The Centers for Medicare & Medicaid Services released a new rule that revises the requirements that long-term care facilities must fulfill in order to participate in the Medicare and Medicaid programs. This rule, which becomes effective on November 28, 2016, is the first major update to the regulations governing long-term care providers since 1991.
Of particular significance is the prohibition of pre-dispute arbitration agreements. Specifically, the rule provides that long-term care facilities cannot enter into binding arbitration agreements with their residents (or their residents’ representatives) prior to the occurrence of a dispute. After a dispute arises, the resident and the long-term care facility may voluntarily enter into a binding arbitration agreement if both parties agree and the agreement meets certain requirements.
The rule also provides that long-term care facilities may not require a resident to sign an arbitration agreement as a condition of admission to the facility, or as a condition of the resident’s continued stay at the facility.
However, the rule does not prohibit all arbitration agreements between residents and long-term care facilities. Additionally, it has no effect on existing arbitration agreements and does not render them unenforceable.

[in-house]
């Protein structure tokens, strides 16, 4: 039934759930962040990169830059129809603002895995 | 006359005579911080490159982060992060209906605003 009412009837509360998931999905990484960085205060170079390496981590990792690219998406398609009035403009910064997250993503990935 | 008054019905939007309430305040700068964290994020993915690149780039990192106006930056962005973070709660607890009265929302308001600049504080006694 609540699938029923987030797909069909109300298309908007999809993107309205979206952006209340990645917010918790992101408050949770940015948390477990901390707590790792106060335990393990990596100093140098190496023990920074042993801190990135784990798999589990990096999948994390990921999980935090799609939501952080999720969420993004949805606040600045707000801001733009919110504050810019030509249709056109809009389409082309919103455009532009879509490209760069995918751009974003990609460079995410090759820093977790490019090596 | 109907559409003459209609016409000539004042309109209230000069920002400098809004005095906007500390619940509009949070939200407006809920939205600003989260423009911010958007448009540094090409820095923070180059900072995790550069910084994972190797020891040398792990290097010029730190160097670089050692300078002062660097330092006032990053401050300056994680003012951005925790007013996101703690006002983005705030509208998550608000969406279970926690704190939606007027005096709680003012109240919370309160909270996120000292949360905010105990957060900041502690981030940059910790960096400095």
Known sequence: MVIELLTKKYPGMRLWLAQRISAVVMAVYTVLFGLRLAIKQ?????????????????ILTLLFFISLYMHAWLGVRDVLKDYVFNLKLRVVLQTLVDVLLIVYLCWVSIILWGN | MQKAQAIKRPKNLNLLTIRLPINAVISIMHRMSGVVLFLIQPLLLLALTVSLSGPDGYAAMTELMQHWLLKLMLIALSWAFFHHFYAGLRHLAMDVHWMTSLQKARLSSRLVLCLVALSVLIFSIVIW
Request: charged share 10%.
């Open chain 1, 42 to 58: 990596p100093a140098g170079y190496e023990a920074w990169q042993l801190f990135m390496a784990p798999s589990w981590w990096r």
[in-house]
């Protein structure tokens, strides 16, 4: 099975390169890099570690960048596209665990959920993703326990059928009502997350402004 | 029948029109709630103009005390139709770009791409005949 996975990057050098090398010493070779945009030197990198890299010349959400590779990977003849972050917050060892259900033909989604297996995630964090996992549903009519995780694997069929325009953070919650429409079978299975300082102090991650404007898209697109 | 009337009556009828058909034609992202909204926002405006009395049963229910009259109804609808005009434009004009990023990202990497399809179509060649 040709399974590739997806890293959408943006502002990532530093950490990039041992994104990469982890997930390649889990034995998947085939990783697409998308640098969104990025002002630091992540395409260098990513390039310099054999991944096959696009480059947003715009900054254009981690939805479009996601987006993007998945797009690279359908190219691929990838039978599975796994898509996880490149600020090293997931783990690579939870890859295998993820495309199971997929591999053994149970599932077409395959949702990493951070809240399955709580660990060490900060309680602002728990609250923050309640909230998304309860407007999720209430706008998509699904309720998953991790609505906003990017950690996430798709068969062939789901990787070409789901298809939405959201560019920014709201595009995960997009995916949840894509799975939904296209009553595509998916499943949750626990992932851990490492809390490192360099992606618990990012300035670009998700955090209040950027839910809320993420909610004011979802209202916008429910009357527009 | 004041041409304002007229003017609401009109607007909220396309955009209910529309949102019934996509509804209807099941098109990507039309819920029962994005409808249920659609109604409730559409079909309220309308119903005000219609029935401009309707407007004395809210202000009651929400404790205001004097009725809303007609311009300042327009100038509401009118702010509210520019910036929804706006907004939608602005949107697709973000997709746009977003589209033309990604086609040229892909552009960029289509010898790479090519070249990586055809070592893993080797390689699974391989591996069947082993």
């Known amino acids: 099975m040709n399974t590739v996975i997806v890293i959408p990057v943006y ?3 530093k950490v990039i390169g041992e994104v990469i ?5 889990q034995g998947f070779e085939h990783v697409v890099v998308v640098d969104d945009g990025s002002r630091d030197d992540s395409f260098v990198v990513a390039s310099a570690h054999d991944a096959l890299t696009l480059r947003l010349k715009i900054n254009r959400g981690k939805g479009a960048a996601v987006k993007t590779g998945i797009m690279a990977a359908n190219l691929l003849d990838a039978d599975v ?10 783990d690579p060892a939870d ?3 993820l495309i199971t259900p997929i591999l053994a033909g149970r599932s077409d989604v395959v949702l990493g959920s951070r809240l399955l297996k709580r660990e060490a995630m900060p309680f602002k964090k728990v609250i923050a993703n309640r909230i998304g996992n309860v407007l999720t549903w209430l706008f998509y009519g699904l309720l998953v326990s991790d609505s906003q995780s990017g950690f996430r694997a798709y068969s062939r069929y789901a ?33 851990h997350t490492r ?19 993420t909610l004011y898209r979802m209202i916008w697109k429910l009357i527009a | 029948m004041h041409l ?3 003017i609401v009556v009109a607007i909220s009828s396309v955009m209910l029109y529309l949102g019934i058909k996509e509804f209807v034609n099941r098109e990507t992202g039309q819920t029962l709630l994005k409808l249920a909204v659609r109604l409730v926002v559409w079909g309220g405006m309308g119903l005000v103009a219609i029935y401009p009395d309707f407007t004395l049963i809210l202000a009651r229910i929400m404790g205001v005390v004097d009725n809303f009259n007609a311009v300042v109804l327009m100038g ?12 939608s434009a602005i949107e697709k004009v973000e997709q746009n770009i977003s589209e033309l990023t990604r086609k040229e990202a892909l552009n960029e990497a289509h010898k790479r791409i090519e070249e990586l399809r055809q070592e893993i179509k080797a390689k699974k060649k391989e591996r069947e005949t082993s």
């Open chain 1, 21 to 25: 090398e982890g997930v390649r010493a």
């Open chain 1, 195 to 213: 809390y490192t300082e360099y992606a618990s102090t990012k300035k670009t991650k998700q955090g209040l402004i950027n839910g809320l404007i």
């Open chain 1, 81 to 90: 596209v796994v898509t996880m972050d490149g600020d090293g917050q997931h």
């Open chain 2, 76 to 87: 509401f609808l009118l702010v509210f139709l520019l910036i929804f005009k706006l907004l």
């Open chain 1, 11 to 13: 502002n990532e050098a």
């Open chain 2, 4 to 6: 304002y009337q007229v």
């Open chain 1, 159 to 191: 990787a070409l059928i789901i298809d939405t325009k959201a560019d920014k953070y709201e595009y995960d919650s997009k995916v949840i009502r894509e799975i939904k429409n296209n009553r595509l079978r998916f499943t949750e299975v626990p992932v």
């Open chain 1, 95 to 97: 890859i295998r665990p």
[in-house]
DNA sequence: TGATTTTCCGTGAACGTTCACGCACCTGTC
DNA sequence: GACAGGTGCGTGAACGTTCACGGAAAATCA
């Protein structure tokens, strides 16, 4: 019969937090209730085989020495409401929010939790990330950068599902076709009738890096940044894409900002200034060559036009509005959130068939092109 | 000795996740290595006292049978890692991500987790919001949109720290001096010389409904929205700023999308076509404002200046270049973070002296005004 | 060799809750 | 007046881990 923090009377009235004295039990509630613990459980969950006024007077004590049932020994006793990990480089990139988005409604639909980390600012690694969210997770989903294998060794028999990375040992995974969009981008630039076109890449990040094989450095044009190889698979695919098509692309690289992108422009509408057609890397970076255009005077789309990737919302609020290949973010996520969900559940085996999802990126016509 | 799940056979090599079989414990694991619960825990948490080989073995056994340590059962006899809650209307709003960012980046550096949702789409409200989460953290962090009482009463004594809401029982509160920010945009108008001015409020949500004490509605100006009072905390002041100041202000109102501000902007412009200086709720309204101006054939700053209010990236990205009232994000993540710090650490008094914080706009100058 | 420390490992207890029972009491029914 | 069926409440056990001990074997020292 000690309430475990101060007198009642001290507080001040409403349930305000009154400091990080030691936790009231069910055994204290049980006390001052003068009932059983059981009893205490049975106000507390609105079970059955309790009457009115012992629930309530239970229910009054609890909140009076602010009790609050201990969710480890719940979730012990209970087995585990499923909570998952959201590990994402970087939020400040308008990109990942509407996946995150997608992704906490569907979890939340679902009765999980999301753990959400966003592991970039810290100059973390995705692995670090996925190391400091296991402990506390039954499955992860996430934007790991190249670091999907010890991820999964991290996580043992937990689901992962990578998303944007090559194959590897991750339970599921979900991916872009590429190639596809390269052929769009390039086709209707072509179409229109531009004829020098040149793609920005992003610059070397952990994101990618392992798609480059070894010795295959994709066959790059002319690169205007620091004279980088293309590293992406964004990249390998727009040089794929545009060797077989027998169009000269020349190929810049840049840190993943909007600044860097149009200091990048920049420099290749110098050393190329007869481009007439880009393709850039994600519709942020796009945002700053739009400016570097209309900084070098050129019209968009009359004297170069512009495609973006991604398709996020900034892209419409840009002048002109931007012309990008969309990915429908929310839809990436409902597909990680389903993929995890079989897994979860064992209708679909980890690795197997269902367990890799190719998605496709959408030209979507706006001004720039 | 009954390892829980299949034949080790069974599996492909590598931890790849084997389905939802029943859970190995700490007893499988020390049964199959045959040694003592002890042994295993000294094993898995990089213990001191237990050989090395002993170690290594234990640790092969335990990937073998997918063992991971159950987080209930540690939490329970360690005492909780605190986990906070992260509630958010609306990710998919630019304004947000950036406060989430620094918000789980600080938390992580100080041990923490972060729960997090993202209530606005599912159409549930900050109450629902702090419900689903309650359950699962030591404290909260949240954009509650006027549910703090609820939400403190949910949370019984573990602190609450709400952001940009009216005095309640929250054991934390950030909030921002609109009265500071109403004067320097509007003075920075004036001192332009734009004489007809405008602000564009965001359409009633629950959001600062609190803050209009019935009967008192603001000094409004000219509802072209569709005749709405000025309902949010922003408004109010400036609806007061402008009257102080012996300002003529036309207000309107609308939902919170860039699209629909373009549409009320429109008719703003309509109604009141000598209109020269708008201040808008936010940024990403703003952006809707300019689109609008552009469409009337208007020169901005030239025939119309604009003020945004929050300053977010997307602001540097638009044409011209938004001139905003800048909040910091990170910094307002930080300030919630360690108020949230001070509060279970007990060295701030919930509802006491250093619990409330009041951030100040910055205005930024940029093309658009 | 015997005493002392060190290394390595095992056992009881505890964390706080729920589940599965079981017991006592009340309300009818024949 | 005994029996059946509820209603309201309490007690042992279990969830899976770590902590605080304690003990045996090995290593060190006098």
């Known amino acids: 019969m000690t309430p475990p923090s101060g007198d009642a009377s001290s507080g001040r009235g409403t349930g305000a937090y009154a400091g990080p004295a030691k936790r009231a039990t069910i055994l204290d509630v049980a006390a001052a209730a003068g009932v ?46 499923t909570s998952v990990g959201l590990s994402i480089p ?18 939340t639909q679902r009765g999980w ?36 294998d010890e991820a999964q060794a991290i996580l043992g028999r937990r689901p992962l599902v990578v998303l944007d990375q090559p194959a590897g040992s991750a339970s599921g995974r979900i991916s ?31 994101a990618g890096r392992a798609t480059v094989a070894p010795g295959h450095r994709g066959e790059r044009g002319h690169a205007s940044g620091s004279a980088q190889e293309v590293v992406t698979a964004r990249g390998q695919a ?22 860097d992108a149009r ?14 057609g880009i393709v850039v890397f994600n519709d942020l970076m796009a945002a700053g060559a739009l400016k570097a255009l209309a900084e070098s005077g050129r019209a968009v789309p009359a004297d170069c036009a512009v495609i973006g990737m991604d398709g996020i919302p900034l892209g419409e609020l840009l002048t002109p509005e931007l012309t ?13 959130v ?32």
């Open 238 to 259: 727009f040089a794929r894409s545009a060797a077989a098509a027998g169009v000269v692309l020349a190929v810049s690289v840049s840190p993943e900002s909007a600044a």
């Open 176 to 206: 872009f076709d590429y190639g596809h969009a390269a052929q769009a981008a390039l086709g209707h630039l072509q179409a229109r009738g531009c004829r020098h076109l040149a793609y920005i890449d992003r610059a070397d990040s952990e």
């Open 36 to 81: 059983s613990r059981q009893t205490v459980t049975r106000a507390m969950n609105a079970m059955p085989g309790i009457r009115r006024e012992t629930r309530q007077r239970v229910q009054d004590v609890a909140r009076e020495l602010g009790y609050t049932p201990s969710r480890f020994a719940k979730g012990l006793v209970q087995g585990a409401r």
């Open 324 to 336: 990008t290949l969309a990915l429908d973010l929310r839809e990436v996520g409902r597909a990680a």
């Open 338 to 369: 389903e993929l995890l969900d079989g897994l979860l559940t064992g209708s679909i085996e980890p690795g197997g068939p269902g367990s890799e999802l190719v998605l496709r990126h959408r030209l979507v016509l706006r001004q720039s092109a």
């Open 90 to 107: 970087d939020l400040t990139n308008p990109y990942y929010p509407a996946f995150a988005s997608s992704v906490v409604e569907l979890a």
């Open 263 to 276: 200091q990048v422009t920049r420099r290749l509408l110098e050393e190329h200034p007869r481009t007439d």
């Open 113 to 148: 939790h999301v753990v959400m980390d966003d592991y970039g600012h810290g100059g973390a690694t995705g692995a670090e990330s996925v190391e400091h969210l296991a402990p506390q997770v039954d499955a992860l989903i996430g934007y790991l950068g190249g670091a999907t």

In addition to the ban on pre-dispute arbitration agreements, the new rule contains changes that are intended to improve the quality of care provided at long-term care facilities. For example, the rule mandates that facilities provide nourishing and palatable dietary options that meet residents’ nutritional needs and preferences. It also requires that facilities create an infection prevention and control program. Furthermore, under the new rule, facilities must develop a comprehensive care plan for each resident within 48 hours of admission, and provide discharge planning to discharged residents and their caregivers.
Please contact Ferrier R. Stillman if you have any questions or would like additional information on the Centers for Medicare & Medicaid Services’ final rule for long-term care facilities.
This alert has been prepared by Tydings for informational purposes only and does not constitute legal advice.